Although in some of the less interactive areas, Shanghai’s mammoth Science and Technology Museum can feel a touch dated, in general it’s one of the best museums in the city and provides easily enough entertainment to fill an afternoon.
Immediately inside the second floor entrance, you’ll find the Animal World. The main exhibit in this section consists of a large, open room full of stuffed and model animals with a seeming emphasis on the predatory nature of the animal kingdom (growling, screeching attacks are found among each region’s display). Video screens, informative bi-lingual captions and binoculars are helpful touches and, aside from a pathetic attempt to portray Australasia’s animal world (which appears to be more of an animal hamlet here), the exhibition is generally well done.
Once through this first room, you’re offered a trek through the rainforests of Yunnan, complete with dozens of plastic trees, running waterfalls, rickety wooden bridges and some oversized insects. Dotted throughout is the occasional live specimen, but Animal World is very much dominated by models and taxidermy.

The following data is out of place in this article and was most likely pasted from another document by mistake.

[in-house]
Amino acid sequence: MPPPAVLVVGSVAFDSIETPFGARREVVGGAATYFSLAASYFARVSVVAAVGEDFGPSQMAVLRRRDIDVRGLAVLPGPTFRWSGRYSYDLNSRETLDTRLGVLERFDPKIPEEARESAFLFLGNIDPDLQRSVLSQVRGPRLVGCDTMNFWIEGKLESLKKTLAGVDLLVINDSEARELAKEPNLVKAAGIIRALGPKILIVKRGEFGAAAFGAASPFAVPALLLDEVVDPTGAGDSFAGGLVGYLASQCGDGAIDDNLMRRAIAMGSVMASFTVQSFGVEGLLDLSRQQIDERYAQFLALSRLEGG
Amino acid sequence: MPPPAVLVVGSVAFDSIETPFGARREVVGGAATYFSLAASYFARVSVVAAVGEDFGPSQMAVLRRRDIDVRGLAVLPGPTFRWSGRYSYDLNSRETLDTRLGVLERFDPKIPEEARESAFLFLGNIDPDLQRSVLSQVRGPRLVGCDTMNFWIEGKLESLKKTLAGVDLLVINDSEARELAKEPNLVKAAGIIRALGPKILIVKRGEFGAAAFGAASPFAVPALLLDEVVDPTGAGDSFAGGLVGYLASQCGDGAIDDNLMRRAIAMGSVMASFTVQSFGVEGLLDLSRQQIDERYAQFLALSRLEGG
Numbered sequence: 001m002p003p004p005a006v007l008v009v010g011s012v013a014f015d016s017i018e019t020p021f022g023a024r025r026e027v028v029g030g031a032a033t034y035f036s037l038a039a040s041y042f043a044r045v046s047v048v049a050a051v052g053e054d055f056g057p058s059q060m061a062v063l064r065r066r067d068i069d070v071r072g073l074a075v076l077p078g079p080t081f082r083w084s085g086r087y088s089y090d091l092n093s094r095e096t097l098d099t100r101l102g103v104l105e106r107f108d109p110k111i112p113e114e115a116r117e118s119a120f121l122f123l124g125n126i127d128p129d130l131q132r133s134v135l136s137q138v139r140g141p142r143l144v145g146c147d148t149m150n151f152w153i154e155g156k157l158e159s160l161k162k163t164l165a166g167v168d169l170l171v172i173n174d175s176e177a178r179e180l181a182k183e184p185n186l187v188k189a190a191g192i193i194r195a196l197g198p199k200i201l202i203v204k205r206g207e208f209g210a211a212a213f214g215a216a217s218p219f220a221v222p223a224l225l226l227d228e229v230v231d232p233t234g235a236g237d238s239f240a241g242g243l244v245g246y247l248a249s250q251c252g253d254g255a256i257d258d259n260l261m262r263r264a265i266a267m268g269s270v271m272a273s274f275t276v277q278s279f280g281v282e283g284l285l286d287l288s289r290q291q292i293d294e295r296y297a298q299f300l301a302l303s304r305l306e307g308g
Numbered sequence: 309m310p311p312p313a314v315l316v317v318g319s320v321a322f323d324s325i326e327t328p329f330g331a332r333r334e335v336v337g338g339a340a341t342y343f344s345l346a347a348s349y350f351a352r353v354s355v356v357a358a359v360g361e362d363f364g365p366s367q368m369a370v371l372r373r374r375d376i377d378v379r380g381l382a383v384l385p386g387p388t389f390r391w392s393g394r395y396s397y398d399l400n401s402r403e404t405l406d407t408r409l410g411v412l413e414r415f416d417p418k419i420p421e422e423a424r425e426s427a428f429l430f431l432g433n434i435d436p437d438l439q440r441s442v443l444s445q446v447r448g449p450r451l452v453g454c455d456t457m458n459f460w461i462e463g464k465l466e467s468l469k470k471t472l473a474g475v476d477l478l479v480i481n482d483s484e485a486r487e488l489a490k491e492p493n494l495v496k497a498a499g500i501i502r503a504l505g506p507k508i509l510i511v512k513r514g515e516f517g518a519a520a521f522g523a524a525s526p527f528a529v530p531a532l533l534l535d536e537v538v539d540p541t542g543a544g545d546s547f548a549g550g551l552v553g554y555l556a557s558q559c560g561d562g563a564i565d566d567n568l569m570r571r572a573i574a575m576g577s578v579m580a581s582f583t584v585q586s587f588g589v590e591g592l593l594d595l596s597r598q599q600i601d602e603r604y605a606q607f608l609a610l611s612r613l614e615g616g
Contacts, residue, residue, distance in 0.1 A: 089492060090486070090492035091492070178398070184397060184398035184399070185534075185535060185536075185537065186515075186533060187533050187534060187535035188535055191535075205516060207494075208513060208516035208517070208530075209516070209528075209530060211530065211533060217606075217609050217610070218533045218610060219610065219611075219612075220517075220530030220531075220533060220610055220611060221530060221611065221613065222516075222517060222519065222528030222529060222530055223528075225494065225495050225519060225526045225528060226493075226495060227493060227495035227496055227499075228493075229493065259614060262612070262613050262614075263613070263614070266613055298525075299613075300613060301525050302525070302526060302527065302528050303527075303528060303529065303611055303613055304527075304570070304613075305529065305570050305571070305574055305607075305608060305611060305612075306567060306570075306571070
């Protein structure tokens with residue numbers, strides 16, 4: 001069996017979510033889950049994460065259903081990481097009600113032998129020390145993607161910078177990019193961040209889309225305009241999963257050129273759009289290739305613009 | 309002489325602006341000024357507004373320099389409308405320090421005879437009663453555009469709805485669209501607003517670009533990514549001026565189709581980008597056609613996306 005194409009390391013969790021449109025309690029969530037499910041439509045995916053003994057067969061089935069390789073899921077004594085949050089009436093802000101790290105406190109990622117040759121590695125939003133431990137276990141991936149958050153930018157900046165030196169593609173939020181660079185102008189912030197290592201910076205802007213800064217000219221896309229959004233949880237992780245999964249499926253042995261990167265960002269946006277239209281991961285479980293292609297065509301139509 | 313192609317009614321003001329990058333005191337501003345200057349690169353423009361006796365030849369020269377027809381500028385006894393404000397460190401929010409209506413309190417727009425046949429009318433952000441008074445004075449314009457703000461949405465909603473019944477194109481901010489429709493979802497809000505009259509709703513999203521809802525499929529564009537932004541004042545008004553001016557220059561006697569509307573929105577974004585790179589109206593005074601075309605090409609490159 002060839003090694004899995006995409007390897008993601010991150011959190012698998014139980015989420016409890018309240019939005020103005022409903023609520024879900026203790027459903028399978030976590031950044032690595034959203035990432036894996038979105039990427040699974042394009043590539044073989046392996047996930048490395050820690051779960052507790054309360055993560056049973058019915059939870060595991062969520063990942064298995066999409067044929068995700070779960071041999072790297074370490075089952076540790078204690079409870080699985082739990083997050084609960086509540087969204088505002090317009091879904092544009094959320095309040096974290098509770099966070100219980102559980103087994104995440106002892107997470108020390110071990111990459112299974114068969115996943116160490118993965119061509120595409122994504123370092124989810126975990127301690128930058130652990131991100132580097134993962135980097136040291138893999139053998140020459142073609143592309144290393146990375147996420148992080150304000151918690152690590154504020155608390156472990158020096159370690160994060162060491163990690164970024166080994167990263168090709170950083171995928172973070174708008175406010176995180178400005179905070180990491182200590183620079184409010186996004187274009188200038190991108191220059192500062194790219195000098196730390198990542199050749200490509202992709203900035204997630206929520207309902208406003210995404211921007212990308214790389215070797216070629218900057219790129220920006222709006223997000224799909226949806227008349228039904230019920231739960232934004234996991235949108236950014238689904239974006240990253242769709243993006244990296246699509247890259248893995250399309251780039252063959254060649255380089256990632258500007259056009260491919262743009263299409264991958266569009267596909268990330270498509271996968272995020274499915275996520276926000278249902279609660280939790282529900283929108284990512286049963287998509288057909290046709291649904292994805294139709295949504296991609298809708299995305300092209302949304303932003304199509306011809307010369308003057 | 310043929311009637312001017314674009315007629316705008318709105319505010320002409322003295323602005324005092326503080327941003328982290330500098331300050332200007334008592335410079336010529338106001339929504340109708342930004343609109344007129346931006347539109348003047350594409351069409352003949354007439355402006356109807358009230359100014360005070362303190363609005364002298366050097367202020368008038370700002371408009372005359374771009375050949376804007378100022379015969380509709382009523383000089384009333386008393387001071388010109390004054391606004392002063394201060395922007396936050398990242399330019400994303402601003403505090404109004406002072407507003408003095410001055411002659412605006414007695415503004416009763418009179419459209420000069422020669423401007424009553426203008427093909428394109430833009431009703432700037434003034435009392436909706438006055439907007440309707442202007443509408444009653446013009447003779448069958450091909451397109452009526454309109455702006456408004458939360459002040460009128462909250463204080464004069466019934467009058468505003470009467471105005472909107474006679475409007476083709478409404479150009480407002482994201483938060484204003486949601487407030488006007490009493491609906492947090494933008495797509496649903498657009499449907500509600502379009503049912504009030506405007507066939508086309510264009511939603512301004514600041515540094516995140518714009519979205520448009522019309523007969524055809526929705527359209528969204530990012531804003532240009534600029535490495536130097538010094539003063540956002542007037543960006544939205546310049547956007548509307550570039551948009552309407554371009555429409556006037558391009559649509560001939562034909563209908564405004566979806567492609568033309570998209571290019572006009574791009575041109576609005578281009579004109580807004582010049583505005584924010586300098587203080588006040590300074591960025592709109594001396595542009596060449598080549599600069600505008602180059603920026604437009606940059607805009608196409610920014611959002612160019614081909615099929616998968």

After this, things get much more interactive. Iin the east wing, the World of Robots offers the opportunity to compete against machines at Go and archery. On the next floor up, the Space Navigation area features a ‘tetraxon balancer’ where you’re strapped into a spherical machine and spun upside down at various angles. Around the corner is an opportunity to test the Coriolis effect by shooting balls at a target as you rotate in a giant, boat-like craft, while next door in the Human and Health area, you can take penalties against a computerised goalkeeper and ride through the human body in a piece of fruit car.
Skip the central Iwerks 4D cinema, which is a let down considering the extra 30RMB entry fee. Otherwise, this remains one of the best museums in the city.
Must-see The easily missed Light of Wisdom area, on the first floor, is like a big playground with all manner of fun games and ‘experiments’. Specially weighted bicycles that help you ‘dance on a rope’, games controlled by your concentration and exhibits for you to shoot at, hit and ride, make for an entertaining section.